Pros

  • Inexpensive
  • Incredibly compact
  • Highly portable
  • Easy to use in a wide range of landscape situations

Cons

  • Not ideal for large cameras
  • Extending center column design limits overall stability

6. Feisol Elite Tripod CT-3472LV M2 (Best heavy-duty tripod)

Feisol Elite Tripod

In landscape photography, wind, snow, rain, dirt, dust, extreme heat, and cold are all par for the course – and in such conditions, it helps to have a tripod that will never let you down. That’s where the Feisol Elite Tripod comes in.

It’s a great option for those who value build quality and durability over all else, thanks in part to thick legs capable of holding over 60 pounds, which eclipses just about everything else in its class. The carbon-fiber construction results in a high price tag but a reasonable weight, which is great if you’ll be carrying this on your back or over your shoulder for long distances.

While not as versatile as some other options on this list, the Feisol Elite Tripod does have one key advantage: its size. It’s certainly no tiny, compact device like the Joby TelePod Pro. The Feisol Elite Tripod is approximately two feet long when folded, and it reaches a towering height of nearly six feet to help you get the shots that other landscape photographers can only dream about.

Pros

  • Large chunky legs offer amazing stability
  • Can support far more weight than other tripods

Cons

  • Expensive
  • Does not include a ball head
  • Not ideal for photographers who value portability

7. Manfrotto MK055XPRO3-3W (Best full-size tripod)

Manfrotto MK055XPRO3-3W tripod

The Manfrotto MK055XPRO3-3W tripod packs everything but the proverbial kitchen sink. Yes, it’s large and definitely not appropriate for long hikes or tromping around through the backcountry, but if you’re a landscape photographer who wants to buy one single tripod that includes everything you need for rock-solid stability, this one is it.

You won’t get a carbon fiber build, and good luck stuffing this beast in a backpack – but it is rock solid, has easy-to-use flip locks to extend the legs, and reaches a stratospheric height of more than 72 inches. It will handle any situation you can throw at it as long as you’re able to lug it to your location.

While you can customize this tripod with a different ball head, the included 3-way pan/tilt head is excellent for landscape photography. It offers a more careful, considered approach than the knob-turning of other ball heads, and the large adjustment handles connect you to the tripod in a way that I really like. As with other high-end Manfrotto tripods, the center column can be repositioned horizontally for even greater maneuverability.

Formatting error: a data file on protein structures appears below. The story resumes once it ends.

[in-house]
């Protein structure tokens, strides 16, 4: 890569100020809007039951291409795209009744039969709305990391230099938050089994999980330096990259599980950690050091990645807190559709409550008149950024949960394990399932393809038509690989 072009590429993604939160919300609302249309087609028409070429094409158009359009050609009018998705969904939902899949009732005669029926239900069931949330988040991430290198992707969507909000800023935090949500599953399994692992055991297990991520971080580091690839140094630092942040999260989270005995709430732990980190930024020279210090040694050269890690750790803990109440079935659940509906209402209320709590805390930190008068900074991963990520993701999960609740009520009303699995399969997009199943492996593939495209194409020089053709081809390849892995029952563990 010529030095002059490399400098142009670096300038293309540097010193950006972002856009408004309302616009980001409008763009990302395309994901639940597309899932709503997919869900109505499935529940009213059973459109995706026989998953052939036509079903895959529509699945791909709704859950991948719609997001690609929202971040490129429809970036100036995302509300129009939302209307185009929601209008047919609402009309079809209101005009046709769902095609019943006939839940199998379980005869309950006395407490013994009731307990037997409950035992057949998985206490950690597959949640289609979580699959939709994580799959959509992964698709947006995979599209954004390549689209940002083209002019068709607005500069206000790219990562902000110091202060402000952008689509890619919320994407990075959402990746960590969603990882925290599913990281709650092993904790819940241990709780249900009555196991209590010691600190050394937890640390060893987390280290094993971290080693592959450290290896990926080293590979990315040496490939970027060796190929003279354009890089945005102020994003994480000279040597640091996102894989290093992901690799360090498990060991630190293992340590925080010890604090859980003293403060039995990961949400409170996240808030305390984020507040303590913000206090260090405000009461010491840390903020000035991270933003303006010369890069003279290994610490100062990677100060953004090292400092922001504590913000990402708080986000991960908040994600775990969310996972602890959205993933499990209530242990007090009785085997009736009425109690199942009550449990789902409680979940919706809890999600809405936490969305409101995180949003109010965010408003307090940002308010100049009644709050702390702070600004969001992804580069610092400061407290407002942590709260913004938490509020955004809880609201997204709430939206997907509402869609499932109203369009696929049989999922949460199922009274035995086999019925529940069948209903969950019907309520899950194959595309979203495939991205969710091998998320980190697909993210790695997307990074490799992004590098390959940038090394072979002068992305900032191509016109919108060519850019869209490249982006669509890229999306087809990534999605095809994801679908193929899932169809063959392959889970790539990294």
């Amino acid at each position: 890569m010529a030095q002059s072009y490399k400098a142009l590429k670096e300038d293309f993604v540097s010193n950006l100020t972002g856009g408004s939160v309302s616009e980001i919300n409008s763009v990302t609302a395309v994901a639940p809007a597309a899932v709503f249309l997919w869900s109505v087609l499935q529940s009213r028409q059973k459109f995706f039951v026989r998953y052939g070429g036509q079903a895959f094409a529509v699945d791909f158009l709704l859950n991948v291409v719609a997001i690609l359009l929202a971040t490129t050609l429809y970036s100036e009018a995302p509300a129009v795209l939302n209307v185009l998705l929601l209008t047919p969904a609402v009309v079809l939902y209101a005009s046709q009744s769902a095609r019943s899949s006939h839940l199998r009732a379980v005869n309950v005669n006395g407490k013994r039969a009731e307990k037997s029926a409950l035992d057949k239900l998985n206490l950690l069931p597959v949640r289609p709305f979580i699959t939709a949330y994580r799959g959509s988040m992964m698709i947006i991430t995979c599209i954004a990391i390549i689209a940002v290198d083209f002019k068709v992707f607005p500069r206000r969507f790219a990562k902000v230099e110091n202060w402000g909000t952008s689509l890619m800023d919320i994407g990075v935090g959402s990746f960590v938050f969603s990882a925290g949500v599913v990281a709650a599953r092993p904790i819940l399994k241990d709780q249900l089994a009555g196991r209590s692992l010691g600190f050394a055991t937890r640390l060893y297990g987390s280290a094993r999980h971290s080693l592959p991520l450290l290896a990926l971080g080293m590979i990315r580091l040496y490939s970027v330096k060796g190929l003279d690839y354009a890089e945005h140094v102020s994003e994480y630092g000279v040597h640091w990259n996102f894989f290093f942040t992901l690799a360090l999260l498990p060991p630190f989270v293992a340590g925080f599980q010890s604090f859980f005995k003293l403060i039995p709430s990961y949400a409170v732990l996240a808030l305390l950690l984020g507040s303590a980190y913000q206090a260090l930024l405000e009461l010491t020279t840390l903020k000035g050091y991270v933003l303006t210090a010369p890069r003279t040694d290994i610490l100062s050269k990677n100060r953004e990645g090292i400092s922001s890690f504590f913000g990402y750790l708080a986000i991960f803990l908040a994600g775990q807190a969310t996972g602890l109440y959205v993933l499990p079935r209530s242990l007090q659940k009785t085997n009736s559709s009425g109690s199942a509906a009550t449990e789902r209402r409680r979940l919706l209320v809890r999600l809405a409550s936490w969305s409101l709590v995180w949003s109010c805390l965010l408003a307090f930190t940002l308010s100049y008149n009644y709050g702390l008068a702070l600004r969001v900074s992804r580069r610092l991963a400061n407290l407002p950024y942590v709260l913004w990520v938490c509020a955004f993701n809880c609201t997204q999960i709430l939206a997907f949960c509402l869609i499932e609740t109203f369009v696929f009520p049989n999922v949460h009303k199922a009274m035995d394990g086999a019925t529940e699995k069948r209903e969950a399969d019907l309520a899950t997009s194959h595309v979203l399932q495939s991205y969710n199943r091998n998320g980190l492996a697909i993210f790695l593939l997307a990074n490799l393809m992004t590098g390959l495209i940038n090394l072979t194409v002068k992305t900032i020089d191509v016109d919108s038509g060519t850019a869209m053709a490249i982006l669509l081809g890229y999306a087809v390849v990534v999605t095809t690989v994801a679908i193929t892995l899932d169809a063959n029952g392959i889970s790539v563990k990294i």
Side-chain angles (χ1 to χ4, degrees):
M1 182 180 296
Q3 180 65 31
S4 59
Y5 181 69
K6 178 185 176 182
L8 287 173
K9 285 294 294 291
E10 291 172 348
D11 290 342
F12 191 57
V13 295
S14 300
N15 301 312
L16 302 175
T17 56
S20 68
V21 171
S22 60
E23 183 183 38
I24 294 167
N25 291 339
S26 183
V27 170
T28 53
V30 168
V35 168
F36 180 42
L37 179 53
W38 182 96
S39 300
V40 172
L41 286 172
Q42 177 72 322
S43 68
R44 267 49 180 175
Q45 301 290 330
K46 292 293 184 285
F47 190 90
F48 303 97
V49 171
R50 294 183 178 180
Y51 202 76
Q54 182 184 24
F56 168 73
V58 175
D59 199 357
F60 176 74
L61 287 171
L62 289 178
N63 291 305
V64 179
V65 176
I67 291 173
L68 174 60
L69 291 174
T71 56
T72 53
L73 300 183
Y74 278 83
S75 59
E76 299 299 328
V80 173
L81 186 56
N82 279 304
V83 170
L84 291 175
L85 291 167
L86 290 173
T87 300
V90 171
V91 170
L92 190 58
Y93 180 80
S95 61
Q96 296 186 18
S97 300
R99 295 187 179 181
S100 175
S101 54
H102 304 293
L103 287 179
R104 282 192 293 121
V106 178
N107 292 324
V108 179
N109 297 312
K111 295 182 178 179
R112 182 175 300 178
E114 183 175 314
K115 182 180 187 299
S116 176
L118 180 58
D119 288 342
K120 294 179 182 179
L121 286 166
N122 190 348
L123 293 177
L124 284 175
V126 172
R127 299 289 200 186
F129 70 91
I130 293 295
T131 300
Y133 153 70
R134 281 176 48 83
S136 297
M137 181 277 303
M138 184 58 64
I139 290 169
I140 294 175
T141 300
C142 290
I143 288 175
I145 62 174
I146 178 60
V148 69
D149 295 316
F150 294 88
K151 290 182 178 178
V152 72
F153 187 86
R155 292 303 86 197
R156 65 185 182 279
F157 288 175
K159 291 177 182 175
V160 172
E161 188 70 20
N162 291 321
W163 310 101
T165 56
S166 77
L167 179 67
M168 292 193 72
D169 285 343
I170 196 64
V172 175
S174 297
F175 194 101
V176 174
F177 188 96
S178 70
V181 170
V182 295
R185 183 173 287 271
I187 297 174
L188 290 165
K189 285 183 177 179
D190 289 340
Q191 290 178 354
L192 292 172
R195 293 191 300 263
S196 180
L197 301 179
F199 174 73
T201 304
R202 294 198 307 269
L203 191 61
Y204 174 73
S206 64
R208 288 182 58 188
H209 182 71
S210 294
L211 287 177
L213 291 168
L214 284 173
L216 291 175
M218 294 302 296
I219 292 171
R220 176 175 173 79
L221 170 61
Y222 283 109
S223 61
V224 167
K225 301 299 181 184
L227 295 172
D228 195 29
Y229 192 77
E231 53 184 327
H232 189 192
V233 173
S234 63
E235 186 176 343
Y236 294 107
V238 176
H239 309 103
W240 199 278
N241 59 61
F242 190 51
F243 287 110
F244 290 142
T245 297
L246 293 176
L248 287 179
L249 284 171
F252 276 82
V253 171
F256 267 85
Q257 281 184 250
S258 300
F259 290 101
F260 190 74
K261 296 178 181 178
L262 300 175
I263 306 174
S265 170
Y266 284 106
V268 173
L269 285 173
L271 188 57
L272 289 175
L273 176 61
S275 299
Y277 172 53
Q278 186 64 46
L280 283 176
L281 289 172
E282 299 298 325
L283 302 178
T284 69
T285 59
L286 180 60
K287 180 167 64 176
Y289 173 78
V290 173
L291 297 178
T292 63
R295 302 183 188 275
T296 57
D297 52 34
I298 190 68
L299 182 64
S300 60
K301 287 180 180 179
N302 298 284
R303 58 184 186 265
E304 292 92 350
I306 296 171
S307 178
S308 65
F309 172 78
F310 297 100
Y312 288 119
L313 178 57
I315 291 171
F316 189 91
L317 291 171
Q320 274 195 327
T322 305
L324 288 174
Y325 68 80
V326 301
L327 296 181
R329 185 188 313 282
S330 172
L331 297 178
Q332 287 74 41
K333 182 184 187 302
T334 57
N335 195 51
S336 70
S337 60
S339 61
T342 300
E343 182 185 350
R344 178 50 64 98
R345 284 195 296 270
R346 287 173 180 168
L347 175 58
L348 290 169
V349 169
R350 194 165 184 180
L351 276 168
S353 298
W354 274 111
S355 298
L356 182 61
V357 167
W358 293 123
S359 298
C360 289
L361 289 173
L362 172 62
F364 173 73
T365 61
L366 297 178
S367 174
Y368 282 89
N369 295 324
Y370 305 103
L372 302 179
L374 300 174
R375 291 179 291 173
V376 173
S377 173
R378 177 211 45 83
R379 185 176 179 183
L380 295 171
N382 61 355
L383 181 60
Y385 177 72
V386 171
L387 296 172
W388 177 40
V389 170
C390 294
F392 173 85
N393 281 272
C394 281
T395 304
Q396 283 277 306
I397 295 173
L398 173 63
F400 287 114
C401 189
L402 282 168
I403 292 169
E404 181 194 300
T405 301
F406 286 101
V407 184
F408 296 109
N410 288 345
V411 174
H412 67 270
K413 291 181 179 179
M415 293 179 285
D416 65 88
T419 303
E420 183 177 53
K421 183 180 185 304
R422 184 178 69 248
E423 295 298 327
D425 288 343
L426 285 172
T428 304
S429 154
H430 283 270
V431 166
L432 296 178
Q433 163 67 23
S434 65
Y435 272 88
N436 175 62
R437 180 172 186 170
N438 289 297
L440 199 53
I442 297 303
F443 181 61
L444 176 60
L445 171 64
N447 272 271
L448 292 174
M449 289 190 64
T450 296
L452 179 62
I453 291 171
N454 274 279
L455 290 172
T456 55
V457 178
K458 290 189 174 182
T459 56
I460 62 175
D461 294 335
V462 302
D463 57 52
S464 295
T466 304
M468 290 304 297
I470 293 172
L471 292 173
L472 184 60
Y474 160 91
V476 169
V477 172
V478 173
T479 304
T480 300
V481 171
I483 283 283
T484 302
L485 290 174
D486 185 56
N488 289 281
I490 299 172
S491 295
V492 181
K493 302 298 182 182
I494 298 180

Pros

  • Great compromise between features, flexibility, and price
  • Sturdy, supportive legs
  • Can extend over six feet

Cons

  • Included pan/tilt head is not suited for everyone
  • Not very portable
  • Load limit is good but not great considering the size

8. Vanguard Alta Pro 263AP (Most flexible tripod)

Vanguard Alta Pro 263AP tripod

The Vanguard Alta Pro 263AP is an excellent option for landscape photographers who want advanced features at a much more reasonable price point than Gitzo or Feisol tripods. It’s relatively compact – though not as diminutive as the Peak Design Travel Tripod – and extends to a very respectable 70 inches. The center column can be positioned in a variety of ways, and the ball head can be rotated and repositioned in almost every manner imaginable.

What I really like about this tripod for landscape photography are the little touches that make your shooting experience just a little more pleasant. The feet have metal tips for maximum stability (especially out in nature). The center column can be repositioned while also adjusting its height, allowing you a near-unprecedented level of versatility.

And while some photographers would rather have a more traditional ball head, I do appreciate the large, easy-to-use handles that let you adjust pan, tilt, and rotation separately. I wouldn’t hesitate to recommend this tripod to most photographers, as it is well suited to almost any photographic situation.

Pros

  • Relatively inexpensive compared to some others on this list
  • Highly versatile
  • Great for a variety of situations, not just landscapes

Cons

  • Included tripod head is not to everyone’s liking
  • Not very small when collapsed

9. Joby GorillaPod with smartphone mount (Best mobile phone tripod)